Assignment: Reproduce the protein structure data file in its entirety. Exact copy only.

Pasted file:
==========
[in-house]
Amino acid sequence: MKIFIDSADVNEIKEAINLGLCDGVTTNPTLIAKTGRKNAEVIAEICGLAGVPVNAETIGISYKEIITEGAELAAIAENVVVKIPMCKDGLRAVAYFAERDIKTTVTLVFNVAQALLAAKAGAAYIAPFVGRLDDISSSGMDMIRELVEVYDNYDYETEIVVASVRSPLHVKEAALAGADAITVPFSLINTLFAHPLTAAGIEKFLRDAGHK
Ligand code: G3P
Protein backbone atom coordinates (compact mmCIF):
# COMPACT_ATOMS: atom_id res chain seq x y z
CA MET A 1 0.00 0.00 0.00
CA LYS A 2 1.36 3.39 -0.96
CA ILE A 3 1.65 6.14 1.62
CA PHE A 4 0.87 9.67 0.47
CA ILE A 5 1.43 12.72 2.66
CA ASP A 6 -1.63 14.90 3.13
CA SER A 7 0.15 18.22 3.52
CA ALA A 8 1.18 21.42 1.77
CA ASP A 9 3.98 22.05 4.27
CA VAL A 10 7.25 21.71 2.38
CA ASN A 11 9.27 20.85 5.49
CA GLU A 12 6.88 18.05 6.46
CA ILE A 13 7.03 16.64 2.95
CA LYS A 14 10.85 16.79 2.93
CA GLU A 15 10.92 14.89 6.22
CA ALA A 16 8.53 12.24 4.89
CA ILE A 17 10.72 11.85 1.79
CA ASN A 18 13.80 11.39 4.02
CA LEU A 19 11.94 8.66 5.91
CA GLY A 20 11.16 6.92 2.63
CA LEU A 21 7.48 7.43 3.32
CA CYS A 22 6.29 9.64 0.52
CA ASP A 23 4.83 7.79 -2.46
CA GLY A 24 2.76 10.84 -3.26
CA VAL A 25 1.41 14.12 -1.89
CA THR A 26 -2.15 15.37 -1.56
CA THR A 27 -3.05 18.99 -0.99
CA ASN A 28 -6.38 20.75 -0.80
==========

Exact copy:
[in-house]
Amino acid sequence: MKIFIDSADVNEIKEAINLGLCDGVTTNPTLIAKTGRKNAEVIAEICGLAGVPVNAETIGISYKEIITEGAELAAIAENVVVKIPMCKDGLRAVAYFAERDIKTTVTLVFNVAQALLAAKAGAAYIAPFVGRLDDISSSGMDMIRELVEVYDNYDYETEIVVASVRSPLHVKEAALAGADAITVPFSLINTLFAHPLTAAGIEKFLRDAGHK
Ligand code: G3P
Protein backbone atom coordinates (compact mmCIF):
# COMPACT_ATOMS: atom_id res chain seq x y z
CA MET A 1 0.00 0.00 0.00
CA LYS A 2 1.36 3.39 -0.96
CA ILE A 3 1.65 6.14 1.62
CA PHE A 4 0.87 9.67 0.47
CA ILE A 5 1.43 12.72 2.66
CA ASP A 6 -1.63 14.90 3.13
CA SER A 7 0.15 18.22 3.52
CA ALA A 8 1.18 21.42 1.77
CA ASP A 9 3.98 22.05 4.27
CA VAL A 10 7.25 21.71 2.38
CA ASN A 11 9.27 20.85 5.49
CA GLU A 12 6.88 18.05 6.46
CA ILE A 13 7.03 16.64 2.95
CA LYS A 14 10.85 16.79 2.93
CA GLU A 15 10.92 14.89 6.22
CA ALA A 16 8.53 12.24 4.89
CA ILE A 17 10.72 11.85 1.79
CA ASN A 18 13.80 11.39 4.02
CA LEU A 19 11.94 8.66 5.91
CA GLY A 20 11.16 6.92 2.63
CA LEU A 21 7.48 7.43 3.32
CA CYS A 22 6.29 9.64 0.52
CA ASP A 23 4.83 7.79 -2.46
CA GLY A 24 2.76 10.84 -3.26
CA VAL A 25 1.41 14.12 -1.89
CA THR A 26 -2.15 15.37 -1.56
CA THR A 27 -3.05 18.99 -0.99
CA ASN A 28 -6.38 20.75 -0.80